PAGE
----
Mineral Facts and Problems: 1960 Edition Page: 92
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MINERAL FACTS AND PROBLEMS, ANNIVERSARY EDITION
Increased consumption, production, and im-
ports are expected to be the trends of the barite
With the trend in the oil- and gas-well drilling
industry toward more wells and greater depths,
the probability of encountering high gas-
pressure formations increases; consequently,
requirements for weighting agents, such as
barite for drilling mud also increase.
The replacement of lithopone by titanium
dioxide, as a white pigment, is expected to
continue; therefore, requirements for barite in
this field will be reduced.
The use of barite in glass, paint, and rubber
industries is expected to continue at approxi-
mately the same levels of consumption as in
There is a possibility that the use of barite
as a concrete aggregate will increase should
there be an increase in construction of nuclear
reactors. In this field barite is one of the
minerals considered to be a desirable aggregate
in producing high-density concrete.
Increased interest in research and production
of barium titanite for use in the electrical sys-
tems of rockets and missiles will probably be
The use of barite in the form of rubarite, as
an additive to asphalt, will probably gain wider
Continued improvement in technical proc-
esses is anticipated. For example, there seems
to be good prospect that a commercial process
for separating barite-fluorite ores to provide a
marketable grade of both mineral commodities
will be developed.
Exploration for new deposits, development
of new uses, and research directed toward
increasing efficiencies in all steps of barite oper-
ations will continue.
The outstanding problem of the barite
industry is its overwhelming dependence on a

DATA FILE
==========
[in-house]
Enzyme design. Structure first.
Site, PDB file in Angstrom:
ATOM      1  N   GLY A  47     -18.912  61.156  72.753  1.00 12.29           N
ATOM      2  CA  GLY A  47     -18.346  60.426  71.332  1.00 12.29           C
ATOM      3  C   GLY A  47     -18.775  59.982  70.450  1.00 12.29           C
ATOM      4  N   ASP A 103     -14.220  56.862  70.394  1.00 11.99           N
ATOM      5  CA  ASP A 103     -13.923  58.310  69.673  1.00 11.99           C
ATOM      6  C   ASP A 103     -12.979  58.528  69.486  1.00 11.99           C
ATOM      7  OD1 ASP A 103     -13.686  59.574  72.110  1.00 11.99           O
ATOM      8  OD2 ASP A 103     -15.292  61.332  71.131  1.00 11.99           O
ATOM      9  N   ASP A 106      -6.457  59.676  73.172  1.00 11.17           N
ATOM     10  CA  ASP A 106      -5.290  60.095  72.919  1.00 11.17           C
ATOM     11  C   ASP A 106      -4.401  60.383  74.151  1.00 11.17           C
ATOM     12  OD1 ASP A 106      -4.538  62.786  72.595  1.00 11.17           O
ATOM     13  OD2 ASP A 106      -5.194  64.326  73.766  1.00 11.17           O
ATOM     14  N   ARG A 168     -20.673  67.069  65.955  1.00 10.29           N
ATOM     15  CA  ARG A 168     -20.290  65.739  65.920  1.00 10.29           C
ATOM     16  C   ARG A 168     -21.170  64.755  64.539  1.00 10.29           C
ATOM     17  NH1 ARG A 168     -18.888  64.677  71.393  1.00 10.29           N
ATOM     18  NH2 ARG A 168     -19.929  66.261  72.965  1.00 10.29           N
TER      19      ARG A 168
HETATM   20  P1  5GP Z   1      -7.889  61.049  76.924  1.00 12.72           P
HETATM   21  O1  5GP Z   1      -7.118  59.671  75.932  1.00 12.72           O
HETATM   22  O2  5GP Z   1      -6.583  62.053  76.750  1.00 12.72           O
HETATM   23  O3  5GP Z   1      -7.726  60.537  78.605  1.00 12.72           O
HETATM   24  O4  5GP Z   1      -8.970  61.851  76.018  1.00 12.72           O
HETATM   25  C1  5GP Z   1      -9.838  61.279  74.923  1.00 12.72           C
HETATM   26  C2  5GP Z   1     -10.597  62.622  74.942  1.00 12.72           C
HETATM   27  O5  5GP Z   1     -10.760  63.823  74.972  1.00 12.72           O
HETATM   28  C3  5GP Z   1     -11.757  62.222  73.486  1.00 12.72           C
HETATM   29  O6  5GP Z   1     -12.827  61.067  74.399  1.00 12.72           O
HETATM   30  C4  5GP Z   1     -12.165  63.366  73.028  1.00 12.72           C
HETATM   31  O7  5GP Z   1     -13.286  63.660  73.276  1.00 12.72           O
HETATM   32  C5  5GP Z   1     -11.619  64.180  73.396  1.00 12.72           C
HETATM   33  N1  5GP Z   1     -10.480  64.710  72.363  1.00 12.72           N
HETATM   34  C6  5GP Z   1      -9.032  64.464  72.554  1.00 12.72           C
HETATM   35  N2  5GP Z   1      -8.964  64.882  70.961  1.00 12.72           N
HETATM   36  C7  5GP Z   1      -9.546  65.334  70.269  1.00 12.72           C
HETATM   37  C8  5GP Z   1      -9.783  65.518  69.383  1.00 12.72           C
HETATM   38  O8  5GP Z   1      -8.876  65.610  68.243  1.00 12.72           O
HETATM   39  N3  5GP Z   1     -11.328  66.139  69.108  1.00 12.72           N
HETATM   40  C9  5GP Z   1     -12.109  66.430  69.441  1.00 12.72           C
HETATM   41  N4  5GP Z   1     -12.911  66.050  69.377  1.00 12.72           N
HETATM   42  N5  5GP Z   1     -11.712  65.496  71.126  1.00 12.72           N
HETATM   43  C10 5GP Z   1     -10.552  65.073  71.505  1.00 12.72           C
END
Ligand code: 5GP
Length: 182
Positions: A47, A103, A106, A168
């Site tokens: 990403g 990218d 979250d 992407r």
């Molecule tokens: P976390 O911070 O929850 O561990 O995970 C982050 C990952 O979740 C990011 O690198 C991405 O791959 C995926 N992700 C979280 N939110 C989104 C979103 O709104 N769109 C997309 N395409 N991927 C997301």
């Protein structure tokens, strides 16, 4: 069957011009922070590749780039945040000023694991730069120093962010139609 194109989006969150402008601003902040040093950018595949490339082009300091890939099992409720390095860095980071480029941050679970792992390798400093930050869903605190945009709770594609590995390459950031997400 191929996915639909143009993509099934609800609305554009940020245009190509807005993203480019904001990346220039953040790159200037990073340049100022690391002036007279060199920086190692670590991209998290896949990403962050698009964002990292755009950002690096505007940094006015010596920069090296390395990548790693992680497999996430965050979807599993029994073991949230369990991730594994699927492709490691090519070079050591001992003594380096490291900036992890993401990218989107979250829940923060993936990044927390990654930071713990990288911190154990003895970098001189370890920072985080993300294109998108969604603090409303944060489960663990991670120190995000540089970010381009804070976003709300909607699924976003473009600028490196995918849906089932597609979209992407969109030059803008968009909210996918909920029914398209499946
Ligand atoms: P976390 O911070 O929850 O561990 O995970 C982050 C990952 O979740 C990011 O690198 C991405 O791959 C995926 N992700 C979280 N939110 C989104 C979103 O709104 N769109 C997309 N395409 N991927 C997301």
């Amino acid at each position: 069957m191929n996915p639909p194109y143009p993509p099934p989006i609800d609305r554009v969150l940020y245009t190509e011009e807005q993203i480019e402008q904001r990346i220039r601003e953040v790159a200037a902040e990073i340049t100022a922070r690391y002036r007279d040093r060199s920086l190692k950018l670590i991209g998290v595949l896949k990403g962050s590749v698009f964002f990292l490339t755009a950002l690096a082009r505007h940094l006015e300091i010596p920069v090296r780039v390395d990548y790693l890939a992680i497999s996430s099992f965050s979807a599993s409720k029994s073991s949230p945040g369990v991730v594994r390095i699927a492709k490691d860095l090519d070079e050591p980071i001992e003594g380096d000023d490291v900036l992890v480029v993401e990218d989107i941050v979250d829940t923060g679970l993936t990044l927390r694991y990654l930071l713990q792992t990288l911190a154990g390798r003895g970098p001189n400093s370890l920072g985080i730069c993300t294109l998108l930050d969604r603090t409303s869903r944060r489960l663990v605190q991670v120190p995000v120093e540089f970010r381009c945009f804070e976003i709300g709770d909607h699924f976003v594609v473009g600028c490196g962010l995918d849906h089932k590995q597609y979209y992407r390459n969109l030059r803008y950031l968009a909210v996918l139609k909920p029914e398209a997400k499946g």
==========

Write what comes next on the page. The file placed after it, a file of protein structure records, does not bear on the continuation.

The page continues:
single market, the long-term stability of that
market being somewhat speculative. Lack of
comprehensive research on properties and pros-
pective uses of barite and its derivatives is a
retarding factor in developing new markets.
A major long-range problem of the domestic
barite industry is that of maintaining a satis-
factory reserve position, owing in part to the
fact that reserves in residual deposits are
difficult to measure. The need for additional
barite deposits near major consuming areas is
of particular concern, as is the reserve situation
of barite suitable for use in chemical applica-
A special phase of the reserve supply and
conservation aspects of this commodity is the
lack of sufficiently economical and efficient
methods for recovering barite from complex
ores, such as the barite-fluorspar ores.
A continuing problem of domestic producers
of both barite and barium chemicals is the need
for increasing process efficiency to maintain
their positions in the market. In some instances
better beneficiation methods are needed to meet
To guide both industry and Government
agencies in their activities concerning barite,
more definitive commodity statistics are needed.
The most serious deficiency is lack of statistical
detail on end use.
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United States. Bureau of Mines. Mineral Facts and Problems: 1960 Edition, report, 1960; Washington D.C.. (digital.library.unt.edu/ark:/67531/metadc38790/m1/100/: accessed March 23, 2018), University of North Texas Libraries, Digital Library, digital.library.unt.edu; crediting UNT Libraries Government Documents Department.